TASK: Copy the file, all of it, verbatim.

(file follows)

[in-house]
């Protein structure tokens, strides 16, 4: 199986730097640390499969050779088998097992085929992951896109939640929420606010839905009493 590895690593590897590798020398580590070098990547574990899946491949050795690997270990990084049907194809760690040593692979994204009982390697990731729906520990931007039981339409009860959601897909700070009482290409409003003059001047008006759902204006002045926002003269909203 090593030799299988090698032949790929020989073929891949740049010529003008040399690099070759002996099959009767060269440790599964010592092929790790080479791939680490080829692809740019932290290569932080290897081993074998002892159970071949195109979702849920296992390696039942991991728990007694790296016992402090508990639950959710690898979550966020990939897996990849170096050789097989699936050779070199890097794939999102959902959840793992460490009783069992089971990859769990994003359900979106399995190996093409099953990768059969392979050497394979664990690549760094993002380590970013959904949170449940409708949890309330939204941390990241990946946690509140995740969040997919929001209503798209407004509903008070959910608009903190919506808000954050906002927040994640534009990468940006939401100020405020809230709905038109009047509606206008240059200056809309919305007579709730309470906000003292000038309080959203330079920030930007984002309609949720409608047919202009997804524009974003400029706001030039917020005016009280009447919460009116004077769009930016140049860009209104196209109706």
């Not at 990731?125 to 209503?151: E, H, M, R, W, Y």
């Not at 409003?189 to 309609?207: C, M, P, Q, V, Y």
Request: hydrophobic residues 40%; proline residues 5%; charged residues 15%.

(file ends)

[in-house]
């Protein structure tokens, strides 16, 4: 199986730097640390499969050779088998097992085929992951896109939640929420606010839905009493 590895690593590897590798020398580590070098990547574990899946491949050795690997270990990084049907194809760690040593692979994204009982390697990731729906520990931007039981339409009860959601897909700070009482290409409003003059001047008006759902204006002045926002003269909203 090593030799299988090698032949790929020989073929891949740049010529003008040399690099070759002996099959009767060269440790599964010592092929790790080479791939680490080829692809740019932290290569932080290897081993074998002892159970071949195109979702849920296992390696039942991991728990007694790296016992402090508990639950959710690898979550966020990939897996990849170096050789097989699936050779070199890097794939999102959902959840793992460490009783069992089971990859769990994003359900979106399995190996093409099953990768059969392979050497394979664990690549760094993002380590970013959904949170449940409708949890309330939204941390990241990946946690509140995740969040997919929001209503798209407004509903008070959910608009903190919506808000954050906002927040994640534009990468940006939401100020405020809230709905038109009047509606206008240059200056809309919305007579709730309470906000003292000038309080959203330079920030930007984002309609949720409608047919202009997804524009974003400029706001030039917020005016009280009447919460009116004077769009930016140049860009209104196209109706």
């Not at 990731?125 to 209503?151: E, H, M, R, W, Y």
């Not at 409003?189 to 309609?207: C, M, P, Q, V, Y």
Request: hydrophobic residues 40%; proline residues 5%; charged residues 15%.